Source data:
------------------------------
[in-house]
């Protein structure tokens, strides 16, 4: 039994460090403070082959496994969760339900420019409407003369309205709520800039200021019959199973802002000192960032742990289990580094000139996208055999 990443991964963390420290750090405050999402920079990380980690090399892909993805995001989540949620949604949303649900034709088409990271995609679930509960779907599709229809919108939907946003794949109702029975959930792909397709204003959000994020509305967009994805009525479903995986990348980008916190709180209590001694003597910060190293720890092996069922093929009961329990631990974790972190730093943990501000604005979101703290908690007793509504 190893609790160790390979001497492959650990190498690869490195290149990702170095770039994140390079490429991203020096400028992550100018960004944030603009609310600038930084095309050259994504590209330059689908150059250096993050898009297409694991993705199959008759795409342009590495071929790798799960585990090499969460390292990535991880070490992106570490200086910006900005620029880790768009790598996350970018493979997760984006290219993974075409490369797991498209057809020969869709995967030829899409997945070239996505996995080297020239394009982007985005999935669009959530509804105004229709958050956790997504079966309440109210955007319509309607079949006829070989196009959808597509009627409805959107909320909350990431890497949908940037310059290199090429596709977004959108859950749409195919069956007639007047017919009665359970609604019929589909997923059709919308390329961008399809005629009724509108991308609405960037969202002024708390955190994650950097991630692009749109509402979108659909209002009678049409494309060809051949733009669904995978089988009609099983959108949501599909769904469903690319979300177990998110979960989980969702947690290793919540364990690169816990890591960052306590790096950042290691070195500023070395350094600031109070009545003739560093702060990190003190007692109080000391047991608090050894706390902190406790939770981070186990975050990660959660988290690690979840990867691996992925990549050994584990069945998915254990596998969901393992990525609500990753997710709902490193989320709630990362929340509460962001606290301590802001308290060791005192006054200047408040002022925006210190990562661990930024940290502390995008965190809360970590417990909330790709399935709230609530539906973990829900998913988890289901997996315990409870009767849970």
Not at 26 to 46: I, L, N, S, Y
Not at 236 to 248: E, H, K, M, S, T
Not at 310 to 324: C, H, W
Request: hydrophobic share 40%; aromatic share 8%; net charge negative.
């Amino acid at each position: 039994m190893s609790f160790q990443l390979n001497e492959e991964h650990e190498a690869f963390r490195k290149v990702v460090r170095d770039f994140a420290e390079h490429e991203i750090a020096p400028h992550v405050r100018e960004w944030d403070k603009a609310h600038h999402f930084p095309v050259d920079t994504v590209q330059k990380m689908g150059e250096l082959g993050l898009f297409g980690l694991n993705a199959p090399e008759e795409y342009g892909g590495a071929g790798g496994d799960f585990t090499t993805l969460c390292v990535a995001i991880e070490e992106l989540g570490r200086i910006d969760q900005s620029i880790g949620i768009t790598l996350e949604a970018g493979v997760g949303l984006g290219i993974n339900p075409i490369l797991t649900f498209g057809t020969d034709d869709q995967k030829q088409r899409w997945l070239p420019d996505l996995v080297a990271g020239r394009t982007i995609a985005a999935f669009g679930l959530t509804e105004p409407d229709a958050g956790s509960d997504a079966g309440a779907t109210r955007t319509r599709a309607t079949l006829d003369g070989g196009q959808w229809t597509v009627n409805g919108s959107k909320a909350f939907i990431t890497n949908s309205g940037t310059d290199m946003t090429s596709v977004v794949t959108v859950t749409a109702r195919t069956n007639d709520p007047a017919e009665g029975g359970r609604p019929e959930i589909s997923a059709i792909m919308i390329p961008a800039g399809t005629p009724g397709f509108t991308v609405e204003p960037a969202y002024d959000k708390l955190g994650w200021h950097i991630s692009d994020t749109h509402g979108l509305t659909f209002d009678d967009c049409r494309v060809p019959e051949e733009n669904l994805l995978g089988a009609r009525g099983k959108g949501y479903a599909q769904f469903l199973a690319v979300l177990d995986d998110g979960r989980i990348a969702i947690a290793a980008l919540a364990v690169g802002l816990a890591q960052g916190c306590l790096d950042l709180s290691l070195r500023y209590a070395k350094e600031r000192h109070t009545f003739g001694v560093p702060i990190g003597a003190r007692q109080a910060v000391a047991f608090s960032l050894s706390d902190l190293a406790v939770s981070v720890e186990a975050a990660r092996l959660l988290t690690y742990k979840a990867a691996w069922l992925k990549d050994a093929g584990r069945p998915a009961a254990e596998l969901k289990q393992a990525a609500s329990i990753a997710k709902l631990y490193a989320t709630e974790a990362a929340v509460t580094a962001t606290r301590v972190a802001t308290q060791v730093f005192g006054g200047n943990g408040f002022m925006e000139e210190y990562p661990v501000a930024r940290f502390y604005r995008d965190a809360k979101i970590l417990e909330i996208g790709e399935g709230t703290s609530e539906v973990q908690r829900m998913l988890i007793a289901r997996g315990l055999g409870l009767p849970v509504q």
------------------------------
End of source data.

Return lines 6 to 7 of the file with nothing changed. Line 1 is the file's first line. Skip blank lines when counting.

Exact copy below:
Request: hydrophobic share 40%; aromatic share 8%; net charge negative.
């Amino acid at each position: 039994m190893s609790f160790q990443l390979n001497e492959e991964h650990e190498a690869f963390r490195k290149v990702v460090r170095d770039f994140a420290e390079h490429e991203i750090a020096p400028h992550v405050r100018e960004w944030d403070k603009a609310h600038h999402f930084p095309v050259d920079t994504v590209q330059k990380m689908g150059e250096l082959g993050l898009f297409g980690l694991n993705a199959p090399e008759e795409y342009g892909g590495a071929g790798g496994d799960f585990t090499t993805l969460c390292v990535a995001i991880e070490e992106l989540g570490r200086i910006d969760q900005s620029i880790g949620i768009t790598l996350e949604a970018g493979v997760g949303l984006g290219i993974n339900p075409i490369l797991t649900f498209g057809t020969d034709d869709q995967k030829q088409r899409w997945l070239p420019d996505l996995v080297a990271g020239r394009t982007i995609a985005a999935f669009g679930l959530t509804e105004p409407d229709a958050g956790s509960d997504a079966g309440a779907t109210r955007t319509r599709a309607t079949l006829d003369g070989g196009q959808w229809t597509v009627n409805g919108s959107k909320a909350f939907i990431t890497n949908s309205g940037t310059d290199m946003t090429s596709v977004v794949t959108v859950t749409a109702r195919t069956n007639d709520p007047a017919e009665g029975g359970r609604p019929e959930i589909s997923a059709i792909m919308i390329p961008a800039g399809t005629p009724g397709f509108t991308v609405e204003p960037a969202y002024d959000k708390l955190g994650w200021h950097i991630s692009d994020t749109h509402g979108l509305t659909f209002d009678d967009c049409r494309v060809p019959e051949e733009n669904l994805l995978g089988a009609r009525g099983k959108g949501y479903a599909q769904f469903l199973a690319v979300l177990d995986d998110g979960r989980i990348a969702i947690a290793a980008l919540a364990v690169g802002l816990a890591q960052g916190c306590l790096d950042l709180s290691l070195r500023y209590a070395k350094e600031r000192h109070t009545f003739g001694v560093p702060i990190g003597a003190r007692q109080a910060v000391a047991f608090s960032l050894s706390d902190l190293a406790v939770s981070v720890e186990a975050a990660r092996l959660l988290t690690y742990k979840a990867a691996w069922l992925k990549d050994a093929g584990r069945p998915a009961a254990e596998l969901k289990q393992a990525a609500s329990i990753a997710k709902l631990y490193a989320t709630e974790a990362a929340v509460t580094a962001t606290r301590v972190a802001t308290q060791v730093f005192g006054g200047n943990g408040f002022m925006e000139e210190y990562p661990v501000a930024r940290f502390y604005r995008d965190a809360k979101i970590l417990e909330i996208g790709e399935g709230t703290s609530e539906v973990q908690r829900m998913l988890i007793a289901r997996g315990l055999g409870l009767p849970v509504q």